Based on the 1935 novel of the same name, it tells the story of an ill-fated assault on German forces by French soldiers, and the grippling consequences those soldiers face when they refuse to follow through with it.
A New York City doctor, who is married to an art curator, pushes himself on a harrowing and dangerous night-long odyssey of sexual and moral discovery after his wife admits that she once almost cheated on him.
In future Britain, charismatic delinquent Alex DeLarge is jailed and volunteers for an experimental aversion therapy developed by the government in an effort to solve society's crime problem - but not all goes according to plan.
A family heads to an isolated hotel for the winter where an evil and spiritual presence influences the father into violence, while his psychic son sees horrific forebodings from the past and of the future.
In the Eighteenth Century, in a small village in Ireland, Redmond Barry is a young farm boy in love with his cousin Nora Brady. When Nora gets engaged to the British Captain John Quin, Barry challenges him to a duel of pistols. He wins and escapes to Dublin but is robbed on the road. Without an alternative, Barry joins the British Army to fight in the Seven Years War. He deserts and is forced to join the Prussian Army where he saves the life of his captain and becomes his protégé and spy of the Irish gambler Chevalier de Balibari. He helps Chevalier and becomes his associate until he decides to marry the wealthy Lady Lyndon. They move to England and Barry, in his obsession of nobility, dissipates her fortune and makes a dangerous and revengeful enemy. Written by
Claudio Carvalho, Rio de Janeiro, Brazil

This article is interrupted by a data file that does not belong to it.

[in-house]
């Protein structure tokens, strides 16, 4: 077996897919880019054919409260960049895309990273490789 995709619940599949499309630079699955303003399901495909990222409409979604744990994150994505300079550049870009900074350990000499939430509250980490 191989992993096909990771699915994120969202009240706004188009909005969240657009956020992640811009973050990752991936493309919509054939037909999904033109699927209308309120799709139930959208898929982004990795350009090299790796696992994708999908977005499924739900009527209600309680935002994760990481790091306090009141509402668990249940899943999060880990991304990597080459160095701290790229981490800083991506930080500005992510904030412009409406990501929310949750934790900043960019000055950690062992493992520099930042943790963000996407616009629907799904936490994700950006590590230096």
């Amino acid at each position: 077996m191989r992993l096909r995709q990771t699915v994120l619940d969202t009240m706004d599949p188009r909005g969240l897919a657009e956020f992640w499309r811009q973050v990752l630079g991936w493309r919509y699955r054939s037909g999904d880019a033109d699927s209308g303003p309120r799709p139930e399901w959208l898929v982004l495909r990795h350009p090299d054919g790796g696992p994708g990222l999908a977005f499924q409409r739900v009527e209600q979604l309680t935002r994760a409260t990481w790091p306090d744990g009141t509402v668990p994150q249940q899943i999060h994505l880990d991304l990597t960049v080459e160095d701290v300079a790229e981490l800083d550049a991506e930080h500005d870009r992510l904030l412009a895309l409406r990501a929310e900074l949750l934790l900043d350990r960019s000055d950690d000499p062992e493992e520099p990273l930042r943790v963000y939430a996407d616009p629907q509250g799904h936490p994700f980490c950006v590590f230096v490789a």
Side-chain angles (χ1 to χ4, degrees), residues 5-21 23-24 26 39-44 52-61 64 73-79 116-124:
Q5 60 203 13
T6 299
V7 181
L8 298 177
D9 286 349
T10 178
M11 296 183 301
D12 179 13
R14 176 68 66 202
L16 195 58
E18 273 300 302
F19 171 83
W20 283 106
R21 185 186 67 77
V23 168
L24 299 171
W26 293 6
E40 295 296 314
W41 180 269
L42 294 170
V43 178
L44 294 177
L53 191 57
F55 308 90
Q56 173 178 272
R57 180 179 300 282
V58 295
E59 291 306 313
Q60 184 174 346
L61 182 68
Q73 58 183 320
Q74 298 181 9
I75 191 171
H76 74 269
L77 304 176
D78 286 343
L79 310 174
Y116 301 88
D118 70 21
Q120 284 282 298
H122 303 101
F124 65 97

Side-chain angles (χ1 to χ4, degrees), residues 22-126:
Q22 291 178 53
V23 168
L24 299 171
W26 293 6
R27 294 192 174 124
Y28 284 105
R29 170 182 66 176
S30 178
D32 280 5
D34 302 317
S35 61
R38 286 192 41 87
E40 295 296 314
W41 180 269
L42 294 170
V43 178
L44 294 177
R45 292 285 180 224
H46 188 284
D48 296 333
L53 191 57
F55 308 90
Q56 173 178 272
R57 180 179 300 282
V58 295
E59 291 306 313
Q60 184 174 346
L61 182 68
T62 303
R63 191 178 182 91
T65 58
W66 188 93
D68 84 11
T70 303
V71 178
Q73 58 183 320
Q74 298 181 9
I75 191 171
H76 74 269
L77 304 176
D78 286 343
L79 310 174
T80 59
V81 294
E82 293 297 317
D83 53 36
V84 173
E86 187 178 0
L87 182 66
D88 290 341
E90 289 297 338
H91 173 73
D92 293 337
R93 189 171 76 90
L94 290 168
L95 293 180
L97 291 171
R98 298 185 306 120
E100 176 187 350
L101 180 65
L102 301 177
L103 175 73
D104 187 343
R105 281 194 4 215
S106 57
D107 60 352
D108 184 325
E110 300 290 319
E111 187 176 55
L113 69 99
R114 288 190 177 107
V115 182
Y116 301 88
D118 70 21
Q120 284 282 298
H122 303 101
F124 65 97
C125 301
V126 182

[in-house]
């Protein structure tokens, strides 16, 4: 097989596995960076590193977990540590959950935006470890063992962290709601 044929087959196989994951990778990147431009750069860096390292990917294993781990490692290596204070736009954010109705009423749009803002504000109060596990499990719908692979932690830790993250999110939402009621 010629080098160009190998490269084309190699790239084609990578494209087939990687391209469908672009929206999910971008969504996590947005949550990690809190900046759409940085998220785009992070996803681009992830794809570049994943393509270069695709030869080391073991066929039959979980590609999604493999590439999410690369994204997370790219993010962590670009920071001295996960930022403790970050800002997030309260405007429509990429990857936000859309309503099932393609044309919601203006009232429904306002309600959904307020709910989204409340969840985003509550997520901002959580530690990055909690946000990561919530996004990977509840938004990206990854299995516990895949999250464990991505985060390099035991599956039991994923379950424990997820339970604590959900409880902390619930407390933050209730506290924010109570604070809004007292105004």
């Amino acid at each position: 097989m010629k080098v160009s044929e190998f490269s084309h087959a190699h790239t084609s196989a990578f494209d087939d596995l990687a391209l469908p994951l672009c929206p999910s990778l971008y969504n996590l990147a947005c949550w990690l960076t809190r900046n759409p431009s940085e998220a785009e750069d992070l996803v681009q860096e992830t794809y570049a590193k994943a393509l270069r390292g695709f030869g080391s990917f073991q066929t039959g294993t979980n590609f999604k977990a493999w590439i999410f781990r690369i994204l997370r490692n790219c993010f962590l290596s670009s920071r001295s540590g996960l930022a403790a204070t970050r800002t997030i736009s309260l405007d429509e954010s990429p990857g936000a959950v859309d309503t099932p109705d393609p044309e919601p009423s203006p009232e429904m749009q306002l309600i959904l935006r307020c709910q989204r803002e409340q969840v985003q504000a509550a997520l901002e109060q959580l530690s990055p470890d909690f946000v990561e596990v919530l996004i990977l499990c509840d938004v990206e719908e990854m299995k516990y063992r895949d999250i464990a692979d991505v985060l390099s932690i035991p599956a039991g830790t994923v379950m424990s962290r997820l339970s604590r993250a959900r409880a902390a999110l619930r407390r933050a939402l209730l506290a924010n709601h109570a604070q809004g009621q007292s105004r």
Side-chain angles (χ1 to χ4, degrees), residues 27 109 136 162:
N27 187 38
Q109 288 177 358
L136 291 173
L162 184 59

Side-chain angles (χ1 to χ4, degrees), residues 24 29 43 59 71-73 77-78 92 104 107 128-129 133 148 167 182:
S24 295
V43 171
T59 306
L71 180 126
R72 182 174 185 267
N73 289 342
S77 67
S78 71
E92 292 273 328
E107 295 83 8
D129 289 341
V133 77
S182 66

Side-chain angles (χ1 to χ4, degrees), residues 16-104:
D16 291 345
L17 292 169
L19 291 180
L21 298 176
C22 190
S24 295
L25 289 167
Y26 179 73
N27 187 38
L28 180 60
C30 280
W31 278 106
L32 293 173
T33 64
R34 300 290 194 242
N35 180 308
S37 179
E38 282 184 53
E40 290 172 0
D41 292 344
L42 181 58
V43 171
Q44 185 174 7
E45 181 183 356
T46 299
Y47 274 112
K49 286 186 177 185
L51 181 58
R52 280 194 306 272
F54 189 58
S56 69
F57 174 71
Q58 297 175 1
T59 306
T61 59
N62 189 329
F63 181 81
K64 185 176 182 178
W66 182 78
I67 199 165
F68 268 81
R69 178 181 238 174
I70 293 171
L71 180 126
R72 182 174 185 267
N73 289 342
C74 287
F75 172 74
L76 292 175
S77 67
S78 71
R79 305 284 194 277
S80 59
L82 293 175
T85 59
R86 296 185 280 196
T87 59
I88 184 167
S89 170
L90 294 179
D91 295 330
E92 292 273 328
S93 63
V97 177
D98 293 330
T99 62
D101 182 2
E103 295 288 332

Stanley Kubrick based his original screenplay on "The Luck of Barry Lyndon" (republished as the novel "Memoirs of Barry Lyndon, Esq."), a picaresque tale written in serial form in 1844 by William Makepeace Thackeray. The serial, which is told in the first person and "edited" by the fictional George Savage FitzBoodle, concerns a member of the Irish Irish gentry trying to become a member of the English aristocracy. Thackeray based the novel on the life and exploits of the Irish rakehell and fortunehunter Andrew Robinson Stoney, who married (and subsequently was divorced by) Mary Eleanor Bowes, the Countess of Strathmore, who became known as "The Unhappy Countess" due to the tempestuous liaison. The Countess of Strathmore is one of the ancestors of Queen Elizabeth II. The revised version, which is the novel that the world generally knows as "Barry Lyndon", was shorter and tighter than the original serialization, and dropped the FitzBoodle, Ed. device. It generally is considered the first "novel without a hero" or novel with an antihero in the English language. Upon its publication in 1856, it was entitled by Thackeray's publisher "The Memoirs of Barry Lyndon, Esq. Of The Kingdom Of Ireland Containing An Account of His Extraordinary Adventures; Misfortunes; His Sufferings In The Service Of His Late Prussian Majesty; His Visits To Many Courts of Europe; His Marriage and Splendid Establishments in England And Ireland; And The Many Cruel Persecutions, Conspiracies And Slanders Of Which He Has Been A Victim." See more »